The period-end close is a time-consuming and frustrating process that accountants in nearly every business have to deal with on a regular basis. BlackLine (NASDAQ:BL) is a software-as-a-service provider that brings order to this chaotic affair through automation. Businesses everywhere have been flocking to the service in an effort to bring their accounting process into the 21st century.
In this segment from Industry Focus: Tech, host Dylan Lewis is joined by Motley Fool contributor Brian Feroldi to discuss BlackLine's business model in more detail and share why this company continues to look poised for rapid growth.
A full transcript follows the video.
This video was recorded on June 8, 2018.
Dylan Lewis: Company No. 2 on your watchlist right now is another software pure play business, and that's BlackLine. I'm guessing this is a name that people aren't quite as familiar with. Why don't you walk us through what they do?
Brian Feroldi: This is a back-office software-as-a-service company that's focused on the sexy world of accounting software. If you're not in accounting, and I'm certainly not, you might not be aware that the accounting industry is basically boom or bust. I think people know, at tax time, accountants go crazy trying to get everything processed on time. But the reality is that every month and every quarter, the accountants have to go look back at what their company did and reconcile all that information to do a period end close. They take all of the internal financial transactions that have happened, and they have to basically translate that into financial statements that can be used by the senior management team.
This happens at public companies and private companies. It's almost like, things are generally quiet during the regular work week, and then, at the period close, it's crazy hours and a mad dash for them to grab all this financial information and then turn it into reports and records that are needed to produce the documents that are needed.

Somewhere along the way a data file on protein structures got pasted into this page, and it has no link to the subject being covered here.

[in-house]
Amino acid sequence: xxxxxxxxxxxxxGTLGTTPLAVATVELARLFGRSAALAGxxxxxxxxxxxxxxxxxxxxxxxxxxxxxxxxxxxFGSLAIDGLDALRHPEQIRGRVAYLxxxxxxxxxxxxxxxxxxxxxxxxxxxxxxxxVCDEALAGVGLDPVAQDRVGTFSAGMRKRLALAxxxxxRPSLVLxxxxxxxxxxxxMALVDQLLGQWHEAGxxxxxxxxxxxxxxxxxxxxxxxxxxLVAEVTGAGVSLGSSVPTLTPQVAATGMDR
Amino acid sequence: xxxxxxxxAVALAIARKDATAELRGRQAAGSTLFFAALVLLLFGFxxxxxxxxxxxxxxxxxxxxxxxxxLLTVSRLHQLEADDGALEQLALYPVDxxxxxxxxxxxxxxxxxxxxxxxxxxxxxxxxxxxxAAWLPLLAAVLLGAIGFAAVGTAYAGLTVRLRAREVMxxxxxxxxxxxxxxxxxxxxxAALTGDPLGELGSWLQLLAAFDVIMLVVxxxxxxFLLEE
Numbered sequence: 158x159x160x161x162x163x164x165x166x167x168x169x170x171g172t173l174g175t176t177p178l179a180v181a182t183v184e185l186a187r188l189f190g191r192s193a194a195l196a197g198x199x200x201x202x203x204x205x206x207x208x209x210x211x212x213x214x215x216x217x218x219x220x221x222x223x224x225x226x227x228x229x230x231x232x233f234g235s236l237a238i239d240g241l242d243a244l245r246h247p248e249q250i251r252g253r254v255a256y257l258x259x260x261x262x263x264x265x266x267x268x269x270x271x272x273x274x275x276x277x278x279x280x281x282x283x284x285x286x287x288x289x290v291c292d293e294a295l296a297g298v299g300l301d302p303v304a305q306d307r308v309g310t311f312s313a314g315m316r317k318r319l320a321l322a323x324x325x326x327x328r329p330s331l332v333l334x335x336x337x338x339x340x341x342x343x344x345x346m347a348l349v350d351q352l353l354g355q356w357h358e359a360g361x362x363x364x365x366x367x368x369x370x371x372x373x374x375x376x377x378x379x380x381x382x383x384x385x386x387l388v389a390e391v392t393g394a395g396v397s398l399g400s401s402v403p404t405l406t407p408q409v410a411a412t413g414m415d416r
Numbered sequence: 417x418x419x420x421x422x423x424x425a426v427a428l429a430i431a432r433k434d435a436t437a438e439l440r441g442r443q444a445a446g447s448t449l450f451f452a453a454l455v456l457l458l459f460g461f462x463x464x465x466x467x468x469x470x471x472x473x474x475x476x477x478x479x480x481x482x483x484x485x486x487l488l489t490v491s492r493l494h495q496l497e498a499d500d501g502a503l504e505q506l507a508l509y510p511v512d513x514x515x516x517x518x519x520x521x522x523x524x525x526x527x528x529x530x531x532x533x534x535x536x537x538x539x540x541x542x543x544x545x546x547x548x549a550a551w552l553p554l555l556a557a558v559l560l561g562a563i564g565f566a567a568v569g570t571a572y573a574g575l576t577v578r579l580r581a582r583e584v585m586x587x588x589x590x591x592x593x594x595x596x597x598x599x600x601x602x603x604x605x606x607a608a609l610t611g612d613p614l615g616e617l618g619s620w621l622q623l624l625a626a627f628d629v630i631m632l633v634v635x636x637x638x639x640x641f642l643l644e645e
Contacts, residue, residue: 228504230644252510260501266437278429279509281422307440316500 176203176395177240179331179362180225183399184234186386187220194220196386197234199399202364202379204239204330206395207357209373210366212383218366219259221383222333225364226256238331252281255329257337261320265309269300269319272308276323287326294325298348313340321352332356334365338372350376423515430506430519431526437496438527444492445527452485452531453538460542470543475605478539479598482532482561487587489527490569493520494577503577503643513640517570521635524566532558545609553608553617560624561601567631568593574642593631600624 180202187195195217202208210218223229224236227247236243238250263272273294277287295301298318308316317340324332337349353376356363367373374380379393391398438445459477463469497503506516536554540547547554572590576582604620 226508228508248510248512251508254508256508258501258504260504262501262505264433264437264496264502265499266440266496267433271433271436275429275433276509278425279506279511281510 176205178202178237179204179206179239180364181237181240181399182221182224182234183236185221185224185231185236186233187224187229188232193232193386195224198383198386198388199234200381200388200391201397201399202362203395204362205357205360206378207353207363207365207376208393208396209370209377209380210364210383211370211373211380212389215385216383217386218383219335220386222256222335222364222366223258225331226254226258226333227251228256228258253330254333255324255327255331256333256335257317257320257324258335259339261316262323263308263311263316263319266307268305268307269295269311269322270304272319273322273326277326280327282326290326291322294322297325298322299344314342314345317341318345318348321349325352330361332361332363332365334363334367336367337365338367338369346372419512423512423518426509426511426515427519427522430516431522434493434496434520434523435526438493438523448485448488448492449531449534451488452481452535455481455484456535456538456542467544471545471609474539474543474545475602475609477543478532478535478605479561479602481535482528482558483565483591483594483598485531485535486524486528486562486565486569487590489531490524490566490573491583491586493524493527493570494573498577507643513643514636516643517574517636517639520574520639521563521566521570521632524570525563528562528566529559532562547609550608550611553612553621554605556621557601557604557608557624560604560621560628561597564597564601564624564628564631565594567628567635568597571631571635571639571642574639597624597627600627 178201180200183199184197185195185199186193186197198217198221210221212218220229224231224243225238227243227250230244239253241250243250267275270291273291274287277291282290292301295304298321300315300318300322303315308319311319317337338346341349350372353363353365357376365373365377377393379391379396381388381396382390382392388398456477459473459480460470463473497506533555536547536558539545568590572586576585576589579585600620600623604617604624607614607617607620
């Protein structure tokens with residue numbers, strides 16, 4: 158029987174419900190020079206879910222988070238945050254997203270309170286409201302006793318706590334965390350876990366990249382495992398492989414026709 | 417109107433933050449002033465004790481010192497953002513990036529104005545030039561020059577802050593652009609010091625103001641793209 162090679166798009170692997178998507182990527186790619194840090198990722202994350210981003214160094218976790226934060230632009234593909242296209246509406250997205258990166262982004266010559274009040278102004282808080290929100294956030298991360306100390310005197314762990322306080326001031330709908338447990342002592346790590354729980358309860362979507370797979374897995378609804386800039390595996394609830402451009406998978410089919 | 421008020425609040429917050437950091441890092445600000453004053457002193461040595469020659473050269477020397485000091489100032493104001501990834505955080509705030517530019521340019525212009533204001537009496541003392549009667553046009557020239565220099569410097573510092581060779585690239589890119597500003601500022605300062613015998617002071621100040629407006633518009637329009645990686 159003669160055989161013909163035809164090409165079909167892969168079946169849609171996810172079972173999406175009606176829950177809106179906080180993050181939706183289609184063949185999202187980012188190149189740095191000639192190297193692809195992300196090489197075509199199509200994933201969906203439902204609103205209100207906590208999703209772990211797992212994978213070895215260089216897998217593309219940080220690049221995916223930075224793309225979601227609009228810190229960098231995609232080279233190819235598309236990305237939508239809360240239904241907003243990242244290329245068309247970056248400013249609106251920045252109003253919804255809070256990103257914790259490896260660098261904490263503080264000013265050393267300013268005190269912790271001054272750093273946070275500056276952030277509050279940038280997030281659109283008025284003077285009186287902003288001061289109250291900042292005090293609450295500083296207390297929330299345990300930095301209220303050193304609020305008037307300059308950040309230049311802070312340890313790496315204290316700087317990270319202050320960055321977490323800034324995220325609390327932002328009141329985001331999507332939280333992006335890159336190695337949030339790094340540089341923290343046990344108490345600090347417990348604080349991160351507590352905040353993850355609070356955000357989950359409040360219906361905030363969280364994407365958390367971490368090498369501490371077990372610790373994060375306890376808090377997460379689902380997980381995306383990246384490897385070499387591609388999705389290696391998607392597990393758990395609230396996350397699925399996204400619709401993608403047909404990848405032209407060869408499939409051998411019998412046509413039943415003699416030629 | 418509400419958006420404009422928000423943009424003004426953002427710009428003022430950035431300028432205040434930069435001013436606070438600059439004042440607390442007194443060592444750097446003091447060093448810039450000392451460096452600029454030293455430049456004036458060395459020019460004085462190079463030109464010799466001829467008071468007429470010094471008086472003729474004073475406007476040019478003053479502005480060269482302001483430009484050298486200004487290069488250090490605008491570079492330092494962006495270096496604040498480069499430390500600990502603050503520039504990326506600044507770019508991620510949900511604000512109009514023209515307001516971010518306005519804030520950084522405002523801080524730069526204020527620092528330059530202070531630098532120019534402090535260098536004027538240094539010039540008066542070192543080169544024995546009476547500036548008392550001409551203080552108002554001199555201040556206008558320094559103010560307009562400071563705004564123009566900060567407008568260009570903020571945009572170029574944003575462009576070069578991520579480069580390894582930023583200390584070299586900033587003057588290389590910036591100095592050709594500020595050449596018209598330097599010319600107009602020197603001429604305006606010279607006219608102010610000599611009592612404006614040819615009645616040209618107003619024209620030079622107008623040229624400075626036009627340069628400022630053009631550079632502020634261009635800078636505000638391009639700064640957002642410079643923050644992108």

Lewis: This is the point where the entrepreneur goes, "But there's an easy solution." This is the turn in the pitch where it becomes, "This is what we do for you," right?
Feroldi: Absolutely. The founder of this company was actually an accountant herself, and she became so frustrated with the way that accounting was done that she built this business herself from the ground up. Their solution is to take that process, that boom or bust cycle, and to automate as much of it as possible and turn it into something which they call the continuous close.
Think of accounting basically, as it works right now, as batch, where data is aggregated and stored up, and then accountants race to turn that into the financial statements. BlackLine basically provides software that, in real-time, processes, analyzes, reports and confirms all transactions that happen in a company. That makes the monthly closing process far more efficient for CFOs and accountants. Really, it takes chaos and turns it into an easy, seamless process.
Lewis: For software businesses, that's where a lot of money seems to be made, when it's taking something that's incredibly complicated and making it easy. Brian, this company reminds me a little bit of a company you talked about last time, that was AppFolio. That was a business that worked within a small, defined space. For them, it was the legal field and the real estate management field. BlackLine works in accounting. But, I see a lot of similarities with these companies.